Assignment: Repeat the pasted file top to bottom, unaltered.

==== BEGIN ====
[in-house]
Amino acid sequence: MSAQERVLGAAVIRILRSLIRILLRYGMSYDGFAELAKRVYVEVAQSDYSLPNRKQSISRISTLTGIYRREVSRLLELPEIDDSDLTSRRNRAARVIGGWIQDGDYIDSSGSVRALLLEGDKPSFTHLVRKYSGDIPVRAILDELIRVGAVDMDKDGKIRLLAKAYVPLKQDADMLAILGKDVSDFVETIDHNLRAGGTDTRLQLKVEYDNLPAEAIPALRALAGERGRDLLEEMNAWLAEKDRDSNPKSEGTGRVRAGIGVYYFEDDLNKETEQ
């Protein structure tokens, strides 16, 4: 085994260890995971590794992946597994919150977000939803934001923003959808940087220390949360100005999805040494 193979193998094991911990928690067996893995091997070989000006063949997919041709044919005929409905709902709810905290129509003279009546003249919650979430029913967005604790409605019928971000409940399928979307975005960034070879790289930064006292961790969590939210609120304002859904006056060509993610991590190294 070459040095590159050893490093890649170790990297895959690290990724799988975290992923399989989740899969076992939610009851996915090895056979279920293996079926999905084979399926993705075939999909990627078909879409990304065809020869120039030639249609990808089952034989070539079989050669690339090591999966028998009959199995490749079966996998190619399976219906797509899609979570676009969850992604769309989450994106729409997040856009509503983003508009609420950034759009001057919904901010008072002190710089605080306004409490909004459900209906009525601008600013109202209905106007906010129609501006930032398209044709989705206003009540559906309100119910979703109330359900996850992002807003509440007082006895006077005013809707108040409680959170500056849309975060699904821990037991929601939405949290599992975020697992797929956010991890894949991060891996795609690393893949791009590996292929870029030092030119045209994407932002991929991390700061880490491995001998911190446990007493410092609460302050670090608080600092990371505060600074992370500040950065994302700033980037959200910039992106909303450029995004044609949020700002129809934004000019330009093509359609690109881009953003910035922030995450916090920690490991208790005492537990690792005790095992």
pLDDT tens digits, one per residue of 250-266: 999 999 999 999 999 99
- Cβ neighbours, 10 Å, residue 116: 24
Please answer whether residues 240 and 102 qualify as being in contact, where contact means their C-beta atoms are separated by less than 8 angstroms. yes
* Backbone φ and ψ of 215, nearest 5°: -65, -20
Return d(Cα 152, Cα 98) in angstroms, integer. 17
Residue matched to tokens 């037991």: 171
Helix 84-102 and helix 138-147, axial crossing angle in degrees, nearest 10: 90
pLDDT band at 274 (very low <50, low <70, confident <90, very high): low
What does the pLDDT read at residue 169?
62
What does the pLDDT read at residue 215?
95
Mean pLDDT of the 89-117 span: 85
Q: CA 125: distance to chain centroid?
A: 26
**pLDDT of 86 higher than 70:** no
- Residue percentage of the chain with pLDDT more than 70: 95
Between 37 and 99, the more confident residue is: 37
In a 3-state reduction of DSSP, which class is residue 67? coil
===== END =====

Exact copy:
[in-house]
Amino acid sequence: MSAQERVLGAAVIRILRSLIRILLRYGMSYDGFAELAKRVYVEVAQSDYSLPNRKQSISRISTLTGIYRREVSRLLELPEIDDSDLTSRRNRAARVIGGWIQDGDYIDSSGSVRALLLEGDKPSFTHLVRKYSGDIPVRAILDELIRVGAVDMDKDGKIRLLAKAYVPLKQDADMLAILGKDVSDFVETIDHNLRAGGTDTRLQLKVEYDNLPAEAIPALRALAGERGRDLLEEMNAWLAEKDRDSNPKSEGTGRVRAGIGVYYFEDDLNKETEQ
């Protein structure tokens, strides 16, 4: 085994260890995971590794992946597994919150977000939803934001923003959808940087220390949360100005999805040494 193979193998094991911990928690067996893995091997070989000006063949997919041709044919005929409905709902709810905290129509003279009546003249919650979430029913967005604790409605019928971000409940399928979307975005960034070879790289930064006292961790969590939210609120304002859904006056060509993610991590190294 070459040095590159050893490093890649170790990297895959690290990724799988975290992923399989989740899969076992939610009851996915090895056979279920293996079926999905084979399926993705075939999909990627078909879409990304065809020869120039030639249609990808089952034989070539079989050669690339090591999966028998009959199995490749079966996998190619399976219906797509899609979570676009969850992604769309989450994106729409997040856009509503983003508009609420950034759009001057919904901010008072002190710089605080306004409490909004459900209906009525601008600013109202209905106007906010129609501006930032398209044709989705206003009540559906309100119910979703109330359900996850992002807003509440007082006895006077005013809707108040409680959170500056849309975060699904821990037991929601939405949290599992975020697992797929956010991890894949991060891996795609690393893949791009590996292929870029030092030119045209994407932002991929991390700061880490491995001998911190446990007493410092609460302050670090608080600092990371505060600074992370500040950065994302700033980037959200910039992106909303450029995004044609949020700002129809934004000019330009093509359609690109881009953003910035922030995450916090920690490991208790005492537990690792005790095992």
pLDDT tens digits, one per residue of 250-266: 999 999 999 999 999 99
- Cβ neighbours, 10 Å, residue 116: 24
Please answer whether residues 240 and 102 qualify as being in contact, where contact means their C-beta atoms are separated by less than 8 angstroms. yes
* Backbone φ and ψ of 215, nearest 5°: -65, -20
Return d(Cα 152, Cα 98) in angstroms, integer. 17
Residue matched to tokens 């037991």: 171
Helix 84-102 and helix 138-147, axial crossing angle in degrees, nearest 10: 90
pLDDT band at 274 (very low <50, low <70, confident <90, very high): low
What does the pLDDT read at residue 169?
62
What does the pLDDT read at residue 215?
95
Mean pLDDT of the 89-117 span: 85
Q: CA 125: distance to chain centroid?
A: 26
**pLDDT of 86 higher than 70:** no
- Residue percentage of the chain with pLDDT more than 70: 95
Between 37 and 99, the more confident residue is: 37
In a 3-state reduction of DSSP, which class is residue 67? coil